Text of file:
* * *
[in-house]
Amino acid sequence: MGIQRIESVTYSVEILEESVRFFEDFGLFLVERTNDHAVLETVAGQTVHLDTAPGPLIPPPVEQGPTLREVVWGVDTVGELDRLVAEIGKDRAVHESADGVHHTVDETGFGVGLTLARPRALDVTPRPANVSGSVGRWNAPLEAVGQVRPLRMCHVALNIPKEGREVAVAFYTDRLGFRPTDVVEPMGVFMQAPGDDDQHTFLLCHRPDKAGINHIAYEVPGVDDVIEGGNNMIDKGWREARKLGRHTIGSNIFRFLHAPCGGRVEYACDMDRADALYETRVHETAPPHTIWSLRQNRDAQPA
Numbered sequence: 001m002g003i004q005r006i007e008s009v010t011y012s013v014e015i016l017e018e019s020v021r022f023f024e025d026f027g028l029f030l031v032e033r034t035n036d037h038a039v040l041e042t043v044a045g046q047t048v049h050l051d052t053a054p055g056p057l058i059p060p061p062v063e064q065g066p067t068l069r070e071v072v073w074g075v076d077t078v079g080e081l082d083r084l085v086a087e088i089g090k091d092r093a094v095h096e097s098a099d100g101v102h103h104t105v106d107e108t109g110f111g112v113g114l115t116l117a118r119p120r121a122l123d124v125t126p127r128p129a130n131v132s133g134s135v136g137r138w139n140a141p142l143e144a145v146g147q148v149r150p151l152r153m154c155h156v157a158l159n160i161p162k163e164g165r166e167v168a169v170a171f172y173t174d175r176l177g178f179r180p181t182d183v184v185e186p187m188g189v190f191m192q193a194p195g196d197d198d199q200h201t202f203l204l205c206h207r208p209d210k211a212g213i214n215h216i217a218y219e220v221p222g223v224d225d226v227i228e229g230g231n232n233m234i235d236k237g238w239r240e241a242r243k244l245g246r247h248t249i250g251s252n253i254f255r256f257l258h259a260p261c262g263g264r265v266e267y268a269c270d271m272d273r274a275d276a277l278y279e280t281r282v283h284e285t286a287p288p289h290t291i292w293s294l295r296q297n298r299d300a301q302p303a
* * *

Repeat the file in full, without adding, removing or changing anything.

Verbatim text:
[in-house]
Amino acid sequence: MGIQRIESVTYSVEILEESVRFFEDFGLFLVERTNDHAVLETVAGQTVHLDTAPGPLIPPPVEQGPTLREVVWGVDTVGELDRLVAEIGKDRAVHESADGVHHTVDETGFGVGLTLARPRALDVTPRPANVSGSVGRWNAPLEAVGQVRPLRMCHVALNIPKEGREVAVAFYTDRLGFRPTDVVEPMGVFMQAPGDDDQHTFLLCHRPDKAGINHIAYEVPGVDDVIEGGNNMIDKGWREARKLGRHTIGSNIFRFLHAPCGGRVEYACDMDRADALYETRVHETAPPHTIWSLRQNRDAQPA
Numbered sequence: 001m002g003i004q005r006i007e008s009v010t011y012s013v014e015i016l017e018e019s020v021r022f023f024e025d026f027g028l029f030l031v032e033r034t035n036d037h038a039v040l041e042t043v044a045g046q047t048v049h050l051d052t053a054p055g056p057l058i059p060p061p062v063e064q065g066p067t068l069r070e071v072v073w074g075v076d077t078v079g080e081l082d083r084l085v086a087e088i089g090k091d092r093a094v095h096e097s098a099d100g101v102h103h104t105v106d107e108t109g110f111g112v113g114l115t116l117a118r119p120r121a122l123d124v125t126p127r128p129a130n131v132s133g134s135v136g137r138w139n140a141p142l143e144a145v146g147q148v149r150p151l152r153m154c155h156v157a158l159n160i161p162k163e164g165r166e167v168a169v170a171f172y173t174d175r176l177g178f179r180p181t182d183v184v185e186p187m188g189v190f191m192q193a194p195g196d197d198d199q200h201t202f203l204l205c206h207r208p209d210k211a212g213i214n215h216i217a218y219e220v221p222g223v224d225d226v227i228e229g230g231n232n233m234i235d236k237g238w239r240e241a242r243k244l245g246r247h248t249i250g251s252n253i254f255r256f257l258h259a260p261c262g263g264r265v266e267y268a269c270d271m272d273r274a275d276a277l278y279e280t281r282v283h284e285t286a287p288p289h290t291i292w293s294l295r296q297n298r299d300a301q302p303a